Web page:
Two very different questions were directed to me at a recent panel discussion on journalism.
One questioner sought to know why we weren’t reporting more details about a police shooting in Bloomingdale earlier this month in which a Carol Stream man carrying a knife was killed. From the wording of the question, it was clear the person believed we either were deliberately withholding or were refusing to pursue information that could show carelessness, or worse, on the part of officers.
The second wondered why we, and others in the press, continue to report the statements of President Trump in spite of the frequency of his lies and misrepresentations.
A local police shooting. Coverage of the president of the United States. They are two distinct issues, but understanding them, or at least understanding the journalism involved in reporting them, requires one particular approach – the willingness to examine an individual news story in the full context of the issues it suggests.
In the case of the Bloomingdale shooting, this is not unlike the approach I discussed a few weeks ago regarding the Jussie Smollett case. The truths embedded within a given event are rarely entirely evident immediately. The Smollett narrative changed drastically over the course of a month and is still evolving. Getting all the facts of the Bloomingdale shooting will take time, too, and we’ll report them as we gather them. But they shouldn’t be interpreted until they’re all in, and even then, the interpretation may depend largely on the prejudices of the person doing the interpretation.
Which brings me to the Trump question. It is not an uncommon one, though it must be said that I far more often am asked its counterpoint – why are you in the press always crticizing or distorting what the president says? Whichever way you approach the topic, the answer is the same. We report each individual story as best we can. What an individual story means – whether that the president is a liar or that he is a paragon of American values – can truly be assessed only when you examine a particular statement or action from the context of many statements, actions and points of view.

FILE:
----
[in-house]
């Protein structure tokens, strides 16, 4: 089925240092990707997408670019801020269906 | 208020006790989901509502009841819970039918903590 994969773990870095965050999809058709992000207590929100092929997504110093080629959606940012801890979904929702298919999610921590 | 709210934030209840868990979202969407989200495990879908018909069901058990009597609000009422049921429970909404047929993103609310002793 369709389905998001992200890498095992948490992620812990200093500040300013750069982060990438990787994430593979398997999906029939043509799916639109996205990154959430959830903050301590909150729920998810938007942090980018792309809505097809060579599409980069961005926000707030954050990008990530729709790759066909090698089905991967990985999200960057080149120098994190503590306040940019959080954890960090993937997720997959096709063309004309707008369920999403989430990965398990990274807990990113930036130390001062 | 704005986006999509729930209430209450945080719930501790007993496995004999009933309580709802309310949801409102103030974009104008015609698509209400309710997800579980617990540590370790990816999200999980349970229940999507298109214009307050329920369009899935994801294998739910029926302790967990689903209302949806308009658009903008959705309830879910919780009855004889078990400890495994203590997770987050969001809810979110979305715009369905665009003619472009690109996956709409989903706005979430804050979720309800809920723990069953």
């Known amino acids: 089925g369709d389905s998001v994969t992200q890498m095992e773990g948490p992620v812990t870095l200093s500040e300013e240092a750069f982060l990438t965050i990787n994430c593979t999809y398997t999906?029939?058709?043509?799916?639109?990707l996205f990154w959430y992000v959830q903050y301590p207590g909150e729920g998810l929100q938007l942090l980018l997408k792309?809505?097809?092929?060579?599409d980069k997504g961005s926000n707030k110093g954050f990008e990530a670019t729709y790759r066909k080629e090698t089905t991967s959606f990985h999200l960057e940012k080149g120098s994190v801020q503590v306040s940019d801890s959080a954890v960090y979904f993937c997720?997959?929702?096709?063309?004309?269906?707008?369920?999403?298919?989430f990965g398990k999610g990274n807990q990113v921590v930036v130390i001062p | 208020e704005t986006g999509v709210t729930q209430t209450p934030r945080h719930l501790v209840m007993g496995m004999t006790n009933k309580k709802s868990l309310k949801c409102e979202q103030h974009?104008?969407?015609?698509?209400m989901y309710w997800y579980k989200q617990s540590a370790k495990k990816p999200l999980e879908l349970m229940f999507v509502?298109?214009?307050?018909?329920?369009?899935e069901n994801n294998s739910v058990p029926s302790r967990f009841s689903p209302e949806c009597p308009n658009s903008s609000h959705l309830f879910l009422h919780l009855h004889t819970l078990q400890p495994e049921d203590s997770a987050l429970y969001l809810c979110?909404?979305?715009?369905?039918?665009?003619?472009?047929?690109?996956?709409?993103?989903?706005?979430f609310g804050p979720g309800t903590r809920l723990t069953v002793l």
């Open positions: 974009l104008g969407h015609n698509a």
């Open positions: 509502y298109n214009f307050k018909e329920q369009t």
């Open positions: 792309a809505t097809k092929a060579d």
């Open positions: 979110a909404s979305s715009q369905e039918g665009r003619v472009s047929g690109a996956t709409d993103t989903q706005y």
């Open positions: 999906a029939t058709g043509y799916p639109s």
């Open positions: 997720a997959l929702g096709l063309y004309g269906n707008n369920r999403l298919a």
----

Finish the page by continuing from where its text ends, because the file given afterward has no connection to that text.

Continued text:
To be sure, many people have already made up their minds regarding President Trump’s credibility. There is, after all, a decadeslong historical public record regarding him. But our job is not to feed any specific conclusion. It is to report each story and let you determine what it means. Similarly, in the case of any police shooting, or almost any story of consequence, while we strive to provide as much useful detail as possible, we rarely expect a specific news report to tell “the whole story” beyond what can be known up to that point. We strive to do our work in such a way as to earn your trust in the accuracy of each piece of information we provide along the way of devloping circumstances.
With that as our foundation, we trust you to draw whatever conclusions seem reasonable to you. I would simply encourage you to be sure to consider the whole of a story before you make judgments about any of its parts.